Going by recent ONS data, things are generally looking pretty good for the well-being of our children in the UK. The ONS have just released data examining the quality of life for children aged up to 15 years old in the UK. To judge this, a set of 31 indicators are used, ranging from objective questions about participation in sport, to subjective questions about happiness. The data in this report focus on relationships: in the family, with friends, and in the wider neighbourhood.
Such relationships are increasingly becoming an integral factor in a child’s quality of life, as the stability and healthiness of these relationships echo their circumstances and social interactions.
Improved family relationships
As the report states, “Children’s well-being is an important part of the nation’s well-being.” And, from these figures, it would appear that children’s well-being is looking particularly promising. For instance, the figures state that children aged 10–15 who argue with their mother more than once a week fell from 31% to 26% between from 2009/2010 and 2015/2016. In the same time period, there has been a significant increase in the percentage of children who talk to their father about things that matter to them – rising from 38% to 45.2%. There seems to be less friction within families, and a more open dialogue between parent and child. Clearly, if family relationships are a robust indicator for children’s well-being, then children in the UK have a relatively good quality of life.
However, UK children do not seem to have such robust relationships with their friends. Whilst the prevalence of loneliness among the elderly is something which we are unfortunately increasingly aware of, it is rarely discussed in the context of children. Some of the data from this report suggest that children may not be immune to feeling unhappy and isolated in social circles. The proportion of children who reported happiness with friends fell from 85.8% in 2015 to 80.5% in 2017, and the ONS suggests this is an indicator that young people are finding it difficult to manage good social relationships. Childline reflects this struggle – last year it received 4,000 calls from lonely children. Perhaps we can learn from the initiatives that are working so well with the older generations, and roll them out with younger people to combat the ill-effects of loneliness.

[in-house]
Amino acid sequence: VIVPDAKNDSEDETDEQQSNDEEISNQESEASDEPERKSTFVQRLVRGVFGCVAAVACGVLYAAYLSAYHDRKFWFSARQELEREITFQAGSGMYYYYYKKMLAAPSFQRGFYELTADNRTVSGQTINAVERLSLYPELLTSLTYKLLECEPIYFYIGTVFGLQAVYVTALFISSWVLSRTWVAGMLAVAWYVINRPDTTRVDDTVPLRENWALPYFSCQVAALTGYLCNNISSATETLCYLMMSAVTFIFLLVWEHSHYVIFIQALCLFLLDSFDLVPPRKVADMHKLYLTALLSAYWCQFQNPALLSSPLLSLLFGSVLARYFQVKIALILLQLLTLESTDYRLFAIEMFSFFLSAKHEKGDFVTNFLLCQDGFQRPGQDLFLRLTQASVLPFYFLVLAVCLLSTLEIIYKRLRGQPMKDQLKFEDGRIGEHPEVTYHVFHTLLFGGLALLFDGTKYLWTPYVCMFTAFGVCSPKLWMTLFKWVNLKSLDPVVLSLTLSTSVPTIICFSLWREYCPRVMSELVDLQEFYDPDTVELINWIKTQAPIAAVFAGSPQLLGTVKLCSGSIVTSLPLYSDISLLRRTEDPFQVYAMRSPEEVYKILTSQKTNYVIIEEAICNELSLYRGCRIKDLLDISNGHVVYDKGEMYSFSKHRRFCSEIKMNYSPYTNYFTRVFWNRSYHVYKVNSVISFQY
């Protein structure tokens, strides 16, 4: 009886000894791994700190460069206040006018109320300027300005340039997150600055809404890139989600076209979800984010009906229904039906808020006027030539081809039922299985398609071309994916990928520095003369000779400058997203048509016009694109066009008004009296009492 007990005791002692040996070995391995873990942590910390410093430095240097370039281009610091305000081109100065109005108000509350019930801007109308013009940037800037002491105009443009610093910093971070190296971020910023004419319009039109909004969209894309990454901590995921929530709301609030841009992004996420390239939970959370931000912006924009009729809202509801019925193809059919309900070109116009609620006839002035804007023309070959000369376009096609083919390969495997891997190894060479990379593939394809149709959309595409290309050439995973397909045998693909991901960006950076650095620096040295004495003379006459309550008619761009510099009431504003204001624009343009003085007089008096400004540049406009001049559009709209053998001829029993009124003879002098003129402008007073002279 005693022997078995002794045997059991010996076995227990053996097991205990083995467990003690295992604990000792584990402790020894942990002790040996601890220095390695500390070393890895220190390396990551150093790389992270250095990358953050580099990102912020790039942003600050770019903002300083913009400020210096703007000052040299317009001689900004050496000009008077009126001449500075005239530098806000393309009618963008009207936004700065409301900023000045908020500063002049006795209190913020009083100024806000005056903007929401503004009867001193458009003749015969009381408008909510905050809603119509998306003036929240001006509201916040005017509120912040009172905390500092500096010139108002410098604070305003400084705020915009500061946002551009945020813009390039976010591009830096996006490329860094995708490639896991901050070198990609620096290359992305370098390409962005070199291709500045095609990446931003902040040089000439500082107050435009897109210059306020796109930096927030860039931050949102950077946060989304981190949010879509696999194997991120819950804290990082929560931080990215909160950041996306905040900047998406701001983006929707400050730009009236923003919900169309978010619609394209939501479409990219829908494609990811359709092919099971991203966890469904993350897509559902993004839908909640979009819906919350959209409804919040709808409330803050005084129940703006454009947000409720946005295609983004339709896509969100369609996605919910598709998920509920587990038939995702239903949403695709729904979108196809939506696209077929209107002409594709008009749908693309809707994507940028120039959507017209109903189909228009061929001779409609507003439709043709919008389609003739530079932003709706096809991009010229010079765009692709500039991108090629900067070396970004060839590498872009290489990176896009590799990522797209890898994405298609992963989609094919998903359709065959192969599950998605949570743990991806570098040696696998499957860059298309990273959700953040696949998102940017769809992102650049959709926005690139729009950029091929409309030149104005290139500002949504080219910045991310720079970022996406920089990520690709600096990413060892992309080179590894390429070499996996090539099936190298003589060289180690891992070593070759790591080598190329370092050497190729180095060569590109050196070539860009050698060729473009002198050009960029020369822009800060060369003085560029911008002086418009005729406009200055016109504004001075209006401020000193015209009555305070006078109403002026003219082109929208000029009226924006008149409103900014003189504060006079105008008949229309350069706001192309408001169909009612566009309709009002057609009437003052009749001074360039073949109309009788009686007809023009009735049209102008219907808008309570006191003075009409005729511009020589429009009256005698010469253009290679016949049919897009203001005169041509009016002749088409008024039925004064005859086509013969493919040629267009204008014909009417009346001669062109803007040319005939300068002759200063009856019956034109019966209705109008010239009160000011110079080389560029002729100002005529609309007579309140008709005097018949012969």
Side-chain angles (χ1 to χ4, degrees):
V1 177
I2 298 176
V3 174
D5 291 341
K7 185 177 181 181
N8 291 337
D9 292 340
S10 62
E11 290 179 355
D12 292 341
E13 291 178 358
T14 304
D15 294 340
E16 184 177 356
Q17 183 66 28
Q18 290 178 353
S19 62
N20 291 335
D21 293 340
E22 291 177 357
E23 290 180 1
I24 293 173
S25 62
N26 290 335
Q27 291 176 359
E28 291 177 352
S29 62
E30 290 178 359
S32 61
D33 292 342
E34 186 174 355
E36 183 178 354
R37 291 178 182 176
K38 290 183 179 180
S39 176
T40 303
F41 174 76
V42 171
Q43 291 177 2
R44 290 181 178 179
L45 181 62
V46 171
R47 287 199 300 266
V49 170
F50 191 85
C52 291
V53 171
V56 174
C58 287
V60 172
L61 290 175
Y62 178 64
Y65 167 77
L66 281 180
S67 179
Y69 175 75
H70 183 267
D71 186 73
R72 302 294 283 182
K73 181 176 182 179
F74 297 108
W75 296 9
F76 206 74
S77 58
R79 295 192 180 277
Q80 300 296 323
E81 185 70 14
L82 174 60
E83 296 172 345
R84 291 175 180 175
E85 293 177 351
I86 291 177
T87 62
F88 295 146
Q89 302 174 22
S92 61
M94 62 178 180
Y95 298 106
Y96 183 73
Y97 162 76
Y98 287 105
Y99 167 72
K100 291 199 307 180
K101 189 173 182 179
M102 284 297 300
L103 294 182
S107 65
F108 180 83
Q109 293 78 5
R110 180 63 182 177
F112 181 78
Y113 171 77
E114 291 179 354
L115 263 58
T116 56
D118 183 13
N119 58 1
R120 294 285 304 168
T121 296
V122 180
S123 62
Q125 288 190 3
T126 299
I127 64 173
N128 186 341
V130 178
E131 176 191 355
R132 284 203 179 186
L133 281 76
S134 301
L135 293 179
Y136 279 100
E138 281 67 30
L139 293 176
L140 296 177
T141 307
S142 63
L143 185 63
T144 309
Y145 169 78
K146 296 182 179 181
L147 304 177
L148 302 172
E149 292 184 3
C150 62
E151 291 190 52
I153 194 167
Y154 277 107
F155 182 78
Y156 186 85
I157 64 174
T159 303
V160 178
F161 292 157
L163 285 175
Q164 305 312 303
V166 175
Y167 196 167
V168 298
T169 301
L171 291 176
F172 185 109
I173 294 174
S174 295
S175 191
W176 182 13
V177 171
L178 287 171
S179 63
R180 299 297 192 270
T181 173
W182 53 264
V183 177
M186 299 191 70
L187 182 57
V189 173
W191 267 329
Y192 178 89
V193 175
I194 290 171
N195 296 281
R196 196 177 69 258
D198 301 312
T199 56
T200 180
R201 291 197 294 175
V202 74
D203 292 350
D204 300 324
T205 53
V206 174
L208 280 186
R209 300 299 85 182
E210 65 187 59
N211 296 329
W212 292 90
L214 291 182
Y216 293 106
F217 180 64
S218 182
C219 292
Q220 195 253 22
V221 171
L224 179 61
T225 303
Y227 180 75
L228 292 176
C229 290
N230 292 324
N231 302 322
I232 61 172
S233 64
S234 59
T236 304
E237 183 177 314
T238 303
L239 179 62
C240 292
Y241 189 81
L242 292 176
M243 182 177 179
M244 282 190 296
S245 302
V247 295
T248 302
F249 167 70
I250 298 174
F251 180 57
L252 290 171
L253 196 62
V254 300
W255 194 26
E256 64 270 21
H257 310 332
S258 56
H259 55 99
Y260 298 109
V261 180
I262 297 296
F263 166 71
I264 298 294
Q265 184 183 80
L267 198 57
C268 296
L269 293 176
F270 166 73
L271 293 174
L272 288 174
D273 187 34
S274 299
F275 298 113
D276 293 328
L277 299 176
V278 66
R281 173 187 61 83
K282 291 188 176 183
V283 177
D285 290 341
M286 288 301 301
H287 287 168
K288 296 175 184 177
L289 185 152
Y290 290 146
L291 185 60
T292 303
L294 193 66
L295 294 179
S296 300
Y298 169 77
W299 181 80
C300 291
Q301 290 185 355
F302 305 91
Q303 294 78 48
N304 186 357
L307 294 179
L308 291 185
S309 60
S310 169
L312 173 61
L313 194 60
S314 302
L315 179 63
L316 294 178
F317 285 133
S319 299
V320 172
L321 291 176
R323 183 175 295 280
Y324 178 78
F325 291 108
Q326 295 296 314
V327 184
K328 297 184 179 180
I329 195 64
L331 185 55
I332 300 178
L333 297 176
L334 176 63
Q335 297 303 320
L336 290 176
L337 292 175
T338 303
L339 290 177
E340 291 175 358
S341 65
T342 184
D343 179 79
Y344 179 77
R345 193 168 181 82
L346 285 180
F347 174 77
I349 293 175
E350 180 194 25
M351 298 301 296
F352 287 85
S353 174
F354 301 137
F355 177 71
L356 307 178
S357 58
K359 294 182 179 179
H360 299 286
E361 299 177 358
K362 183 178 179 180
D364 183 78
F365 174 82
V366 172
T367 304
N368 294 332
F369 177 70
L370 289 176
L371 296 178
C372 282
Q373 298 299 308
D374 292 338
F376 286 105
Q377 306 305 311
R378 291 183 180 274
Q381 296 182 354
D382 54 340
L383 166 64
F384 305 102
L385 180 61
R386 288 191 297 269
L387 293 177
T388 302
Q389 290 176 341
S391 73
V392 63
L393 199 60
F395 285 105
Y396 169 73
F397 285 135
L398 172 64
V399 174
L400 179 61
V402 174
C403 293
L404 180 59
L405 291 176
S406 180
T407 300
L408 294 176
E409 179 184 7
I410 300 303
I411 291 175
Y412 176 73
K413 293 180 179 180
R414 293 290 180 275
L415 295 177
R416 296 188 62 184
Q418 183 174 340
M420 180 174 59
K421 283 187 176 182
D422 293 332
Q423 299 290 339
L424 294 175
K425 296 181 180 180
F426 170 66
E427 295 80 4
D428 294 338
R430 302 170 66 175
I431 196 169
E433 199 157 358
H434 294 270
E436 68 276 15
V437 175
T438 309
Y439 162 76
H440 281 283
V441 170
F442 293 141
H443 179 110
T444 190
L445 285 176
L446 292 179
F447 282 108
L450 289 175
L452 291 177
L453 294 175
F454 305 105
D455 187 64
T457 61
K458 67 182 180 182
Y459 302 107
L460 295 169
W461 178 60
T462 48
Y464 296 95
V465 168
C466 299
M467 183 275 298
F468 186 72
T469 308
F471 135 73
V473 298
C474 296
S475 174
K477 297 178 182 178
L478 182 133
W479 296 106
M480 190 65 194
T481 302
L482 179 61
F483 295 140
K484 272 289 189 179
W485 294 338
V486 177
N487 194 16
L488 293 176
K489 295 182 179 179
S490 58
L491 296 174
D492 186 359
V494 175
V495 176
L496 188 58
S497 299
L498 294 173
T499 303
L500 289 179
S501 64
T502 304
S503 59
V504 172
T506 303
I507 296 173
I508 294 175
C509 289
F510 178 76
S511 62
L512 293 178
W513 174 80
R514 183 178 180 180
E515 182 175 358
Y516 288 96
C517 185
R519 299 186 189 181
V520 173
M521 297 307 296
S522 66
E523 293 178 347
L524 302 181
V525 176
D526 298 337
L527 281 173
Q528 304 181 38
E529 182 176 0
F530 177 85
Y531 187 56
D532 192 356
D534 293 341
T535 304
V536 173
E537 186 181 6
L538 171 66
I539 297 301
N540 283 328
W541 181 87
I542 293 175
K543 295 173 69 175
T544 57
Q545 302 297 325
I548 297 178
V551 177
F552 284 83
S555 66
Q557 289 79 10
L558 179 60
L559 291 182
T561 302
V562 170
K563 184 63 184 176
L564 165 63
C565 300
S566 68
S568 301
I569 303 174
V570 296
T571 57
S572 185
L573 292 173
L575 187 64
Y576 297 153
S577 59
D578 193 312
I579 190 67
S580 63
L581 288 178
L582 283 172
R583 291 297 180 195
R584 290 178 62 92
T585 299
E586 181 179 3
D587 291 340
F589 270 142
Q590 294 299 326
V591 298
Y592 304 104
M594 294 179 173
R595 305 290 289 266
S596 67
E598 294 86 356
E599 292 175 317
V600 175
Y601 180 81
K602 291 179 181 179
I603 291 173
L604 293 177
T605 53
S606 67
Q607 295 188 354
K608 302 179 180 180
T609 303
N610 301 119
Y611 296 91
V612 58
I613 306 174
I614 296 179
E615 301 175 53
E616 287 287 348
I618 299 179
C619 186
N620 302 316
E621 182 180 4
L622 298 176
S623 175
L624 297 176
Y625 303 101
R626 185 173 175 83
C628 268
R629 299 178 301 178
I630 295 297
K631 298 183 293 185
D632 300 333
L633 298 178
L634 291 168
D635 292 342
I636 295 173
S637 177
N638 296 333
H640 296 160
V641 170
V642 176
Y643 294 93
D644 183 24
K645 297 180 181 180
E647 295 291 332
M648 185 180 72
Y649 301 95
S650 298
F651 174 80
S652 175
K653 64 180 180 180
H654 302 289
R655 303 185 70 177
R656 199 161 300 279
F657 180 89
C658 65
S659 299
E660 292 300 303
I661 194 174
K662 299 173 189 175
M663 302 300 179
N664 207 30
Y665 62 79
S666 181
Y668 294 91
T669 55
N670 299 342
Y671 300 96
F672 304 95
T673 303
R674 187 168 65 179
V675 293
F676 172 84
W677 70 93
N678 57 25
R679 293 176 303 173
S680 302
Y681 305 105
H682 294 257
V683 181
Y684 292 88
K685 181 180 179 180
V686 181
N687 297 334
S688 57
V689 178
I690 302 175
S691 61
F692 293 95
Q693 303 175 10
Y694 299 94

Poverty among young people
It must be remembered that not all is as positive for UK children as the relationships data in this report would suggest. Just last week, we heard analysis from the Scottish government which estimates that by 2030, 1 in 3 children will be living in absolute poverty. Ministers’ responses to this data suggested that such shocking predictions are an outcome of cuts to welfare across the UK; and nowhere has this been more prevalent than in cuts to youth services. London’s youth services have seen an unprecedented decline in the last decade, with at least £39 million cut in the last seven years.
And of course, we must not forget the regional disparities involved when discussing child poverty. Anne Longfield, the Children’s Commissioner for England, worries that children in North England face “the double whammy of entrenched deprivation and poor schools”. Indeed, children receiving free school meals in London are 40% more likely to get good GCSE results in Maths and English, compared to their contemporaries in Northern England. She worries that these children are being left behind, especially in the context of the pursuit for regeneration in the North – something which teenagers do not identify as being a benefit for them, rather just a few “shiny buildings” built for show. It would be interesting to see whether the ONS data captured any regional disparities – particularly among the indicator of how children feel about their local area. All too often we see children in the UK as a single cohort; it is easy to overlook the unique challenges children face depending on social background and location.
So, what next?
Whilst the relationships experienced by children in the UK seem reflect a healthy, balanced population, it is clear that this is not all there is to a child’s quality of life. These data paint a rather rosy picture for the well-being of young people, and this must be celebrated. However, we should not let this good news distract us from the hardships facing young people across the country, whether it be loneliness or facing the realities of living in poverty. It seems that an easy place to start addressing these issues would be a reinvestment in youth services – not just as Sadiq Khan is doing in London, but nation-wide.